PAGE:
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Hamleys Toy Store – the oldest and largest toy shop in the world and one of the world's best-known retailers of toys – had previously indicated that it was planning a return to the Capital.
It previously had an outlet in the basement of Jenners on Princes Street but pulled out two years ago. Since then, the nearest Hamleys to the city has been at Livingston Designer Outlet.
Now the household name is understood to be planning a fresh store in Edinburgh with the St James Centre, which due to open on June 24, a firm favourite.
Amid growing speculation, Hamleys has given no firm indication of its intended location despite advertising for a string of posts ‘in Edinburgh’
Various contracts are available for sales assistants working 30 and 39 hour per week and for senior sales staff. A 39-hour a week store manager is also being sought.
Adding further to the intrigue all the posts advertised are for temporary positions, and bosses at the showpiece St James Centre have carefully managed the release of information about its occupants so there has been no advanced publicity.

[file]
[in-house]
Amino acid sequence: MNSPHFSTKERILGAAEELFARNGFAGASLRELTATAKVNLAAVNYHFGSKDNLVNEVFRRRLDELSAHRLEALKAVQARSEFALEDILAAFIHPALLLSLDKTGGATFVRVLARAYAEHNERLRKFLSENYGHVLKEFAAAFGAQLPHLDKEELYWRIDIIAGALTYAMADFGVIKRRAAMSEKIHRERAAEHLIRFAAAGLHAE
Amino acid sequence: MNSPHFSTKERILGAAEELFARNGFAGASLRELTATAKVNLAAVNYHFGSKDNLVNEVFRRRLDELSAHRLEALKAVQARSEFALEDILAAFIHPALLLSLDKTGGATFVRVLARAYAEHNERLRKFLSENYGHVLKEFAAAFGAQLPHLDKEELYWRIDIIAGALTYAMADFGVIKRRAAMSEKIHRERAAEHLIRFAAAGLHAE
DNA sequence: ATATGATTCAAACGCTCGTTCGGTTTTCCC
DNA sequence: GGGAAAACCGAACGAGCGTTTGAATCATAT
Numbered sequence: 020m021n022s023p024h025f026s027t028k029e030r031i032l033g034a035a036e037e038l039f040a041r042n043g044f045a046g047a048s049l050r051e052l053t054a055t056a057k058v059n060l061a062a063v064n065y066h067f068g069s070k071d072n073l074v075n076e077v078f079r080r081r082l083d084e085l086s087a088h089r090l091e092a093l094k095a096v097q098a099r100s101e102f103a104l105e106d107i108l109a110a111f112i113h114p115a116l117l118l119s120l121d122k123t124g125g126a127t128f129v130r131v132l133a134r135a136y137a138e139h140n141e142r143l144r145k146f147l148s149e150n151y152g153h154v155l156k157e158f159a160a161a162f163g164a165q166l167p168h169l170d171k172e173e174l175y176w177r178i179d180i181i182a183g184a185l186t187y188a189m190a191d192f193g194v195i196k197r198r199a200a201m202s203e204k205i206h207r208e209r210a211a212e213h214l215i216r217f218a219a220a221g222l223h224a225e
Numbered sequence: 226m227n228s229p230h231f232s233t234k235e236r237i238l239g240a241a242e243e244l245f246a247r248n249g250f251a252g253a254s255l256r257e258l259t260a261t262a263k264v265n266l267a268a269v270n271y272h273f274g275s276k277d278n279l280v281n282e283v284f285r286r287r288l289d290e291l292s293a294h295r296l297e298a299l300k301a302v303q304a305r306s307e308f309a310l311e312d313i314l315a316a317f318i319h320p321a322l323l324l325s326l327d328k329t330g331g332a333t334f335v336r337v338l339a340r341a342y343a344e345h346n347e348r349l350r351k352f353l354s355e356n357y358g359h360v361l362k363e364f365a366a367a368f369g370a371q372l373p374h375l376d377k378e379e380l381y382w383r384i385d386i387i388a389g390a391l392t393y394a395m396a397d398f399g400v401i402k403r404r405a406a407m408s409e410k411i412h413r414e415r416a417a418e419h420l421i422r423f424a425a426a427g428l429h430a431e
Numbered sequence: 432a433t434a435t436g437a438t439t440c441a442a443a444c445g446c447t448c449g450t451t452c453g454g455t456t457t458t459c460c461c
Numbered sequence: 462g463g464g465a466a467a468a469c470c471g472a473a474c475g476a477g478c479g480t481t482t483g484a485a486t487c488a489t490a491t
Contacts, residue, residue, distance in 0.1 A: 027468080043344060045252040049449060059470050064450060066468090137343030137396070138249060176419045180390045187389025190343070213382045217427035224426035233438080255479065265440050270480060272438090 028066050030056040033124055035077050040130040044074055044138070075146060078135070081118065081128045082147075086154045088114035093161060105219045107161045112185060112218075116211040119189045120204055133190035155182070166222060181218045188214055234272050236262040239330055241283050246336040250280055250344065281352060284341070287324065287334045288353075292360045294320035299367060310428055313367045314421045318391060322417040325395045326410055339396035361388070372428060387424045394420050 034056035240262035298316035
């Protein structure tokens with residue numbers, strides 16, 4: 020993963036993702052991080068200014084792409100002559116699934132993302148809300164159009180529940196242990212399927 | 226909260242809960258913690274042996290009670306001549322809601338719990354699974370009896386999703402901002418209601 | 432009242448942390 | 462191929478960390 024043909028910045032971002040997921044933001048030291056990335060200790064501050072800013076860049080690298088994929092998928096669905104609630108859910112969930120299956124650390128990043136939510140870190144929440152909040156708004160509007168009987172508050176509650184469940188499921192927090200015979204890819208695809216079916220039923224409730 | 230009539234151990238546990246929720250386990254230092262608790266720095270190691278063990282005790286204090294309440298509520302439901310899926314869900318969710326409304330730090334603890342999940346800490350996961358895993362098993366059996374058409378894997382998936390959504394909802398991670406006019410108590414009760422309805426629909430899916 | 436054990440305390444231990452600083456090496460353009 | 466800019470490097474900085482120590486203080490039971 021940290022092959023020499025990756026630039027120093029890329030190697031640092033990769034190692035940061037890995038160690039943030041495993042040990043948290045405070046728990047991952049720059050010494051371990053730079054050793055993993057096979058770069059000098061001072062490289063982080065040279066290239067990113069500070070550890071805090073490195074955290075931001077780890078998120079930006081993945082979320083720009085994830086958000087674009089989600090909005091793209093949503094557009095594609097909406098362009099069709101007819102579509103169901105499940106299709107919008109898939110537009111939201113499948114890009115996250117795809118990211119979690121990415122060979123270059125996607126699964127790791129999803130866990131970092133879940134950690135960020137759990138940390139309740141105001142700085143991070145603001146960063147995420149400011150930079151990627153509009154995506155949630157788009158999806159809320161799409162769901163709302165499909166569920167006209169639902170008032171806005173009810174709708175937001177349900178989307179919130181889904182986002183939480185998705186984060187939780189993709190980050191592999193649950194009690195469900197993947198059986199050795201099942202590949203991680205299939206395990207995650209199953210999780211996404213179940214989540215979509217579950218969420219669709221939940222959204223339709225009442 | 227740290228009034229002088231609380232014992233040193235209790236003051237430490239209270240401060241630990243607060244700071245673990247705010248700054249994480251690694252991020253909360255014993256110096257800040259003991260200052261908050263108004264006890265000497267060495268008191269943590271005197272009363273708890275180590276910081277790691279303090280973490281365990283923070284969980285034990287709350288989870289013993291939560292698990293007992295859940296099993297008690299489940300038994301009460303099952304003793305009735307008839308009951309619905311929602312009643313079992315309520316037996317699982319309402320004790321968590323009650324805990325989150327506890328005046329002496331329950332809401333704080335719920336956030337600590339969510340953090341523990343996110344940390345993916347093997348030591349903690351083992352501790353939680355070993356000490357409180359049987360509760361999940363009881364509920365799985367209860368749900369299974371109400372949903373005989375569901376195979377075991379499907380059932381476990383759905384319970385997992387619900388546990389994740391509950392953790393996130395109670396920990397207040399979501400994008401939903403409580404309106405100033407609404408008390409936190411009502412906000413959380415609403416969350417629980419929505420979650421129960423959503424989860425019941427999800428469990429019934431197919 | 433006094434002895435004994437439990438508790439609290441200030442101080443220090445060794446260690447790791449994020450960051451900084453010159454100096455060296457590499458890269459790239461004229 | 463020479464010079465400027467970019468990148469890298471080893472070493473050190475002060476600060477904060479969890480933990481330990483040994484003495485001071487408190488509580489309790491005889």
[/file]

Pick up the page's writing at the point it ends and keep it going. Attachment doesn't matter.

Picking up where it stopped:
Hamleys was founded by William Hamley in 1760 as he dreamed of turning his Noah's Ark toy shop in London’s Holborn into the best toy shop in the world.
By 1881, he had moved to its current location on Regent Street - one of the world’s most famous shopping streets.
Ownership has passed through the hands of different family generations.
Reliance Industries, an Indian retail company based in the capital Mumbai, later bought the iconic store.
Hamleys was then acquired for £68 million in an all-cash deal from Chinese footwear group C.banner International.
When House of Fraser bought Jenners in 2005 they stopped running the toy department, giving the space instead to Hamleys as a concession store in September 2007.
It lasted until 2009, before Belfast retailer Toytown took over. It was then followed by the UK’s largest independent toy retailer The Entertainer before Hamleys returned in April 2017.
The closure of Hamleys was seen by many as the first sign that all was not looking good for Jenners – which now lies empty awaiting redevelopment.